Signal Boost: The PulpRev Sampler

PulpRev released its first fiction anthology late last week: The PulpRev Sampler. This collection has old hands, rising starts, and (like me) totally new authors each putting down something that captures the spitir of the old pulps and brings it forth to an audience hungry–starving–for the quality entertainment of the old days. As no few contributors (including myself) are also Superversive supporters, you that also seek the Superversive will find it here.

I’ve posted here at length, many times, how the Superversive is still out there in popular culture- just not the current Western establishment. As the Superversive and the Pulp Revolution share many common elements as well as participants, you should expect the stories in this collection to aspire to (if not achieve) the Superversive more often than not. If you want to change the culture, you have to get in the arena and fight for it; this is one such entry, and all of us are wanting to make the most of it.

And it’s a whopping 99 cents. Your risk is nothing but one less thing on the Dollar Menu. Just chick through the image link above, make that purchase, and enjoy all of the stories to your heart’s content. Then–please–leave a review and spread the word. Even the old hands who were so gracious as to contribute something could always use a hand in getting the word out, and those of us still ill-known, unknown, or (like me) totally new need that even more. You won’t be disappointed. Give the Sampler a go today.

The Dragon Awards: A Win for the Superversive!

The Dragon Awards got handed out at Dragon Con this past weekend. Several other contributors here were present, and some had works up for an award. Before I get to the point, this: congratulations to all of you, gracious in both victory and in defeat.

For years we’ve had the so-called “Secret Masters of Fandom”, centered around WorldCon, claim that the Hugos were the voice of the fandom. (Or “Fandom”) Their subversive, corrosive, and dyscivic output of propaganda disguised as literature has now had the last of its illusions dispelled. The Dragon Awards clearly demonstrate what the world’s fans in their respective categories regard as the best in SF/F/Horror for the year- and, again, it is not what the subversives of WorldCon want us to believe.

That these cliquish, holier-than-thou, obnoxious, reactionary fanatics (“CHORF” for short) with their delusions of grandeur got repulsed for the second year running (when they didn’t quit the field pre-emptively) and repulsed so soundly that no one noted their absence until after the fact shows clearly what Brian Niemeier pointed out the other day at his blog:

Luckily, the final decision still lay with the vast legions of science fiction and fantasy fans. Shutting out the CHORFs was the only way to reverse the inroads they’d made and safeguard the Dragon Awards from political meddling.

And you guys came through with flying colors!

Take a look at that list of winners again. It’s wall-to-wall best sellers and fan favorites. In short, the most popular nominees won the popularity contest. The process worked!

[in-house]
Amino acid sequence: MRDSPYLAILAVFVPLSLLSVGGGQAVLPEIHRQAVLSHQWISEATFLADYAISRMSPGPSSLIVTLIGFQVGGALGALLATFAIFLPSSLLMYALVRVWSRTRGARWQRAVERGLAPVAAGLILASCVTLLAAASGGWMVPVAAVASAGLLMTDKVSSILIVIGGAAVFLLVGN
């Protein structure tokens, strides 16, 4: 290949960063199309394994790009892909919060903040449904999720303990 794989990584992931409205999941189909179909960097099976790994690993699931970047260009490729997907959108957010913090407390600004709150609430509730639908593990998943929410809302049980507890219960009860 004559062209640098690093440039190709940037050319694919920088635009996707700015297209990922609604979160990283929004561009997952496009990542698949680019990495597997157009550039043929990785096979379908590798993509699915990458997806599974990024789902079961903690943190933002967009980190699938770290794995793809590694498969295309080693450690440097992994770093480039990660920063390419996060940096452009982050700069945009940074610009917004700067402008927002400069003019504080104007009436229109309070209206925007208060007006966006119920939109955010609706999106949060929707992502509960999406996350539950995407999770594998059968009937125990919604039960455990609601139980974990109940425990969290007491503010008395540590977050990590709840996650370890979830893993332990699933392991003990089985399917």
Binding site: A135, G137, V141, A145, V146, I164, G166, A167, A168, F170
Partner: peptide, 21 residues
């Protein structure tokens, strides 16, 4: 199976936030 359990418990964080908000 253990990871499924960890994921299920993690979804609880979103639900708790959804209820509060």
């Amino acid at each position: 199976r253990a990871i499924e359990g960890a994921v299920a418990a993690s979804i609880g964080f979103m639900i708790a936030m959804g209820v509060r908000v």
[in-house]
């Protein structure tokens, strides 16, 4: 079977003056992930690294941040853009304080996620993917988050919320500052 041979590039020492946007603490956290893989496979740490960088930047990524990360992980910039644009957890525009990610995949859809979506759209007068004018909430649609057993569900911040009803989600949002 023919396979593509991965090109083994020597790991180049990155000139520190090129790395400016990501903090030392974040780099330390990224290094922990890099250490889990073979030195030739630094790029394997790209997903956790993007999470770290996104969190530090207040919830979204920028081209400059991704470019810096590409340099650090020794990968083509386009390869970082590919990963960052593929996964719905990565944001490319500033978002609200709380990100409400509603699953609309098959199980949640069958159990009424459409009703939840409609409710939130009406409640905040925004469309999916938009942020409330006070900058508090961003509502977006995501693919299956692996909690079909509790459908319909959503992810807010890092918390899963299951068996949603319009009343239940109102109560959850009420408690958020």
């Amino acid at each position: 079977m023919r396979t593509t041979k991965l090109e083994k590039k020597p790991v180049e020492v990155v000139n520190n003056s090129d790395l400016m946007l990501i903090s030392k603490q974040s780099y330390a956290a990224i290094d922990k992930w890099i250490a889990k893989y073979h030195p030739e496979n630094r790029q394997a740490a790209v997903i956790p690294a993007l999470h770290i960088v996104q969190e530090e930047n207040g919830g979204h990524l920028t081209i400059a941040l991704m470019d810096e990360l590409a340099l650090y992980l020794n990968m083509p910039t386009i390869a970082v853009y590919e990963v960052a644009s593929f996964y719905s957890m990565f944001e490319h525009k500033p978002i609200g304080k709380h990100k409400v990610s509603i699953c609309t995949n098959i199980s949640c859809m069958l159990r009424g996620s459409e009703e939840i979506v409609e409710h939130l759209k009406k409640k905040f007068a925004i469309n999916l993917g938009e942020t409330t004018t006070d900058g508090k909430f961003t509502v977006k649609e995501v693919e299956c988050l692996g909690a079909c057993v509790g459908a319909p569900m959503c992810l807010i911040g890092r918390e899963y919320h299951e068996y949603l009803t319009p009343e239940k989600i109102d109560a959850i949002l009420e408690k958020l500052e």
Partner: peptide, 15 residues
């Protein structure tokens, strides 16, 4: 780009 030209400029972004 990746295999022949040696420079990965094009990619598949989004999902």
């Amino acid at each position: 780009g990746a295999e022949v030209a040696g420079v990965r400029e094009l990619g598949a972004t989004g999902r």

For those pursuing the restoration of the Superversive, this is a fantastic sign. The audience has not abandoned the Superversive. Indeed, it hungers for it and wants more. Sure, there’s competition and not of of that is Superversive, but we aren’t shying away from that.

Now is the time to join the fray. Get in that seat, take to the skies, form up on the wing, and dive into the furball. We got a big win, and the enemy still doesn’t realize that it’s badly damaged and leaking fuel. Once they realize what’s really going on, it’ll be too late and the entire fortress of foulness will fall from the sky, hit the ground with a terrible crash, and immolate itself in the explosion.

The future belongs to those that show up and stand for what is true and beautiful. That’s the Superversive.

A Tale of the Once And Future King

After a highly enjoyable discussion of the Classic The Once and Future King by T.H. White at DragonCon over the weekend, I was able to makes some new friends and give the premier showing of the promotional video for the Upcoming Superversive Press anthology Tales of the Once and Future King. It was very well received, and I can now share it with you all via the magic of youtube:

A download of the song can be purchased for 99 cents here.

There is also a more orchestral version of the song, in which Sean McCleery again showcases his considerable musical talent:

This version can also be downloaded for the same price here.

In time both versions will also become available from a wide range of music sites. As this is my first foray into the world of professional music, it is an exciting and also daunting prospect.

The Lyrics of the song are below:

A Tale of the Once and Future King

I’ll tell you a tale so your hearts won’t quail
Of the Once and Future King.
Surrounded by heroes, how mighty the cheer rose
At the hope his presence would bring.
With the sword from the stone
For his sins he atoned;
Though he did go away,
He’ll be back here one day
To reclaim his rightful throne.

A shadowy hand stretched over the land
And the people were distressed.
Foul fiends of the night,
Filled with unholy might,
Gave the poor and helpless no rest.
By the power of the cross,
And at great human cost,